Pension cash could be freed up to fuel the growth of UK start-ups under new plans published by government today to loosen a cap on money management fees.
The Department for Work and Pensions today said it would allow pension scheme trustees to scrap a cap on performance-based fees “where they feel this in their members best interests”.
A charge cap on fees has typically stopped cash from flowing into asset classes like venture capital and private equity, where money managers charge higher fees due to a more ‘hands-on’ style of investment.
Tech industry chiefs have been campaigning for the cap to be scrapped to allow pension money to fill a major growth capital cap in the UK that has hindered the growth of startups.
The changes, which are now under consultation until November 10th November, will apply to Defined Contribution (DC) schemes which manage around £113.5bn, according to data from the Pension Regulator.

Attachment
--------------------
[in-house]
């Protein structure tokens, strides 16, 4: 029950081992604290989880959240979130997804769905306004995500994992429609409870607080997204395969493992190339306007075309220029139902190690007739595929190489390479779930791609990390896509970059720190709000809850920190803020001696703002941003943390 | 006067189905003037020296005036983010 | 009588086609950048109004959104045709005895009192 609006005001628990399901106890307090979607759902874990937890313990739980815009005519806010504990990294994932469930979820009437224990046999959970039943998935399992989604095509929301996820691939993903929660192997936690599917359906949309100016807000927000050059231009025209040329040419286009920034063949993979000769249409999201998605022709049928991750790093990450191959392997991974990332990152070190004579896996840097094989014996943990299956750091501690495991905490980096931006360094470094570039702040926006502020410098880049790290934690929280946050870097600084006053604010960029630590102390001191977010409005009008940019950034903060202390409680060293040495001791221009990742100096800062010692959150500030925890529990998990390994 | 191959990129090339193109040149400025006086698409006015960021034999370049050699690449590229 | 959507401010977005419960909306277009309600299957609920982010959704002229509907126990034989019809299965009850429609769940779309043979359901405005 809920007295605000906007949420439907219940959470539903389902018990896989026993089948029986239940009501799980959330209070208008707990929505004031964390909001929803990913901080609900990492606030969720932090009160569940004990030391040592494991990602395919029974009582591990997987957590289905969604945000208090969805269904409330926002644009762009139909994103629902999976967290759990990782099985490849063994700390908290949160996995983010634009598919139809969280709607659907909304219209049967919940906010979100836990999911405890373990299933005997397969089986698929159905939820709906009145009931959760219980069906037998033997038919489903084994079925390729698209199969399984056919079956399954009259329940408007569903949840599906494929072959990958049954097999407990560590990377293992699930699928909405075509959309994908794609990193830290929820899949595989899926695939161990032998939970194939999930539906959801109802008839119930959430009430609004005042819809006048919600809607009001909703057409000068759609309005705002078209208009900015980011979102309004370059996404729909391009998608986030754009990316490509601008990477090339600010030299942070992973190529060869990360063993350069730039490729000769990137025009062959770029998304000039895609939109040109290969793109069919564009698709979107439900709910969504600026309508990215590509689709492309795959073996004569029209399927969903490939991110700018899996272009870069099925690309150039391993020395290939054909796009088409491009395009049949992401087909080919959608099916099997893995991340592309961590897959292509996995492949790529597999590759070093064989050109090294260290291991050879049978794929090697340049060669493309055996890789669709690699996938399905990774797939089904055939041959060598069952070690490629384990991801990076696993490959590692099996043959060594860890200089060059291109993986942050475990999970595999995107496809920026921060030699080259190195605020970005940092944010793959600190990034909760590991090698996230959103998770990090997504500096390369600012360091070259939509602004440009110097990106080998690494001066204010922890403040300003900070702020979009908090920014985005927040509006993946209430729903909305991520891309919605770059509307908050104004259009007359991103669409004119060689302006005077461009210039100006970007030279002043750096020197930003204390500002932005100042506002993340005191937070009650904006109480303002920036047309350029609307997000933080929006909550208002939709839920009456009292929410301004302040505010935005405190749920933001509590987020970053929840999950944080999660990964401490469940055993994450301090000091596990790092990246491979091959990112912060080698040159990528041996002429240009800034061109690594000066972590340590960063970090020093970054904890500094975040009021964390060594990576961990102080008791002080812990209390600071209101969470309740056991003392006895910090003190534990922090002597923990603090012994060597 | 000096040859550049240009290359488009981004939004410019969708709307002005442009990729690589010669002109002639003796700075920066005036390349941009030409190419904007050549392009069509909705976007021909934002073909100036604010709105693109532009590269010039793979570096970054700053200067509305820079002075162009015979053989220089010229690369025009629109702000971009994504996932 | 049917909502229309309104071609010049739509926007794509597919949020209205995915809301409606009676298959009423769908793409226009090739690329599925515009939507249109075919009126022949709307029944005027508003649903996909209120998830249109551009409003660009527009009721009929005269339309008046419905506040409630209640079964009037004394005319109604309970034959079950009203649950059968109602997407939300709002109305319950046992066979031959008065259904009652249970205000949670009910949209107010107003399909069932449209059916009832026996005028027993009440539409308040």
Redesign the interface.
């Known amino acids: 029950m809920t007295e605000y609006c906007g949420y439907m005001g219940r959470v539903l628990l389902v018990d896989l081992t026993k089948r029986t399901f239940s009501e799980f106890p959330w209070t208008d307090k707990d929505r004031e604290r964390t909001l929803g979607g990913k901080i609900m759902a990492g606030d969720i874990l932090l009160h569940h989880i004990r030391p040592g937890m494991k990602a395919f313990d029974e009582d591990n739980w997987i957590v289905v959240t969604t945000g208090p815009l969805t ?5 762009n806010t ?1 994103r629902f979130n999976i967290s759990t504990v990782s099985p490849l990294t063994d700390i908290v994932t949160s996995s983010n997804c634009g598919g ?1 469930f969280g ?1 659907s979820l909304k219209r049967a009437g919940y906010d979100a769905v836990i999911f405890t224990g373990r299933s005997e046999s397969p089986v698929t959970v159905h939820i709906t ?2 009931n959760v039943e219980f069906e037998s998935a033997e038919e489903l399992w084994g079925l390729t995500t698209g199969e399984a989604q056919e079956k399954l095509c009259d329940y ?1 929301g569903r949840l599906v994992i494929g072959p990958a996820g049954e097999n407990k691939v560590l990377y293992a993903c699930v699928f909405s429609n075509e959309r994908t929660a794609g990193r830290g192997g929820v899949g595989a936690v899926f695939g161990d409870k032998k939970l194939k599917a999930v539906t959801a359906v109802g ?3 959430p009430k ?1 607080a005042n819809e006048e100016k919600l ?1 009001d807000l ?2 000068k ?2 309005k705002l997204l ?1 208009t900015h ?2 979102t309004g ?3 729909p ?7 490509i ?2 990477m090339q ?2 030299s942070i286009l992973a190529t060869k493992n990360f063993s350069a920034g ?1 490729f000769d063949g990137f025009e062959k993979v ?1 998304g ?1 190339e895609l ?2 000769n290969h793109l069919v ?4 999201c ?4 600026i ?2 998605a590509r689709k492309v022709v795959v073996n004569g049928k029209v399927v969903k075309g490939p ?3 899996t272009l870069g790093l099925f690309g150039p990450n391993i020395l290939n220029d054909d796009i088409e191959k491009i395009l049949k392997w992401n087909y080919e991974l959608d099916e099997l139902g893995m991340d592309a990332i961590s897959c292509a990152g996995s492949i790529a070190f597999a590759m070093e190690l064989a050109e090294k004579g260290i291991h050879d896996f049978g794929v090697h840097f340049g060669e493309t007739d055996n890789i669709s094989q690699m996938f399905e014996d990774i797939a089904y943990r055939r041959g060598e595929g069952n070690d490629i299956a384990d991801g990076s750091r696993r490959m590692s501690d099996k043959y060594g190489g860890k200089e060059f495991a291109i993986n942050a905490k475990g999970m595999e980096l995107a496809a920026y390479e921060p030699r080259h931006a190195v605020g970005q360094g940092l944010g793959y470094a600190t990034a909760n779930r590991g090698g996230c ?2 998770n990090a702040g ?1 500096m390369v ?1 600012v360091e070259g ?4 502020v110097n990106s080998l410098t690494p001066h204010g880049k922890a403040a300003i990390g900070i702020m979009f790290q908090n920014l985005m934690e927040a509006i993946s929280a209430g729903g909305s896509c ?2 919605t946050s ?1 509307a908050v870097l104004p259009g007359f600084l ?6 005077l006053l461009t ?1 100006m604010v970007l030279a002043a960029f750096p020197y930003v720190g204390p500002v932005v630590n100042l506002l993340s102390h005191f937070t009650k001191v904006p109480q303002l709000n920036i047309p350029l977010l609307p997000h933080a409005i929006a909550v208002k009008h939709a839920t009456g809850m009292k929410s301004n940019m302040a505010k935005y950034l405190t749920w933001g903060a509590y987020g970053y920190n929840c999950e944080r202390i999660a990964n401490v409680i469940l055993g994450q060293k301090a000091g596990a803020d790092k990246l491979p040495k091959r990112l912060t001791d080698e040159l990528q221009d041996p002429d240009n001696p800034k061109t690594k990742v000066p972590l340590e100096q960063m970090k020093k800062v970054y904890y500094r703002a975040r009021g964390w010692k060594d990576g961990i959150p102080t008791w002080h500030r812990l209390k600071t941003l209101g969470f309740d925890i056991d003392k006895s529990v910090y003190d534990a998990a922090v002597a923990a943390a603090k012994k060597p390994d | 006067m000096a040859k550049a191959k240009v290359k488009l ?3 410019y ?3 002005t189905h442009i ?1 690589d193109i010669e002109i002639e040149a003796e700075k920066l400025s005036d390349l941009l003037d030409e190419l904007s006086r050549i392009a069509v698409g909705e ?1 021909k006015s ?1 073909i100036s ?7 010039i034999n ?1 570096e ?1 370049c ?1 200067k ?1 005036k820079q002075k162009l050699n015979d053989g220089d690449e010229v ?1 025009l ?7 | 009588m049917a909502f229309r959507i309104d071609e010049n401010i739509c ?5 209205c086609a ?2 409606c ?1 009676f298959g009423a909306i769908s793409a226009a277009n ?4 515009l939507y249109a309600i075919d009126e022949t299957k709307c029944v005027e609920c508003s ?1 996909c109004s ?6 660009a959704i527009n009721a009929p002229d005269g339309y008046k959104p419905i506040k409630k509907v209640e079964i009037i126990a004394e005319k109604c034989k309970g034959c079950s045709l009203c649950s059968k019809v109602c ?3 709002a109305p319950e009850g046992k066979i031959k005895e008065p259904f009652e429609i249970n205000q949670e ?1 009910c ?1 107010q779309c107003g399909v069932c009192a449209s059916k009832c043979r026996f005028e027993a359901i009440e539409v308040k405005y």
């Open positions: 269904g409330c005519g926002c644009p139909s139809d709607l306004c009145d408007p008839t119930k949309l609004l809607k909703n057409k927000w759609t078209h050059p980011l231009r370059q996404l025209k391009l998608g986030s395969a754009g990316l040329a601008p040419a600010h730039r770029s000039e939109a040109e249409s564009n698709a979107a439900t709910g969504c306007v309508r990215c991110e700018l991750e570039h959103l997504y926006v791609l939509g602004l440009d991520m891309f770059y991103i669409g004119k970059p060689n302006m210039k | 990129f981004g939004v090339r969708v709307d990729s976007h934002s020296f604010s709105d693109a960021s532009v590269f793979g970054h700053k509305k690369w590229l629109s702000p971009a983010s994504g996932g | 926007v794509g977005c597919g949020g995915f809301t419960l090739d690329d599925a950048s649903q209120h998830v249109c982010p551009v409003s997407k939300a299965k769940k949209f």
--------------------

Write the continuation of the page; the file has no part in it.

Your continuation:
Chair of the pensions giant Phoenix Nicholas Lyons – who is currently on secondment from the firm – said last week that the cap was “nonsense” and risked pushing more start-ups overseas in pursuit of funding.
In a ministerial foreword today, the secretary of state for DwP, Chloe Smith, said it was “right” that schemes look at a “broader range of assets as part of a diversified portfolio”.
“This includes in start-up companies, renewable projects and infrastructure that can offer potentially greater returns for pension savers building towards retirement and can have the added benefits of improving the UK economy and society,” she wrote.
The move to encourage more investment into illiquid investment comes after defined benefit schemes were rocked by a liquidity crisis last week as they were hit by collateral calls.
The International Monetary Fund also warned this week that illiquid assets could pose a threat to financial stability due to investors’ inability to quickly meet demand for cash for investors.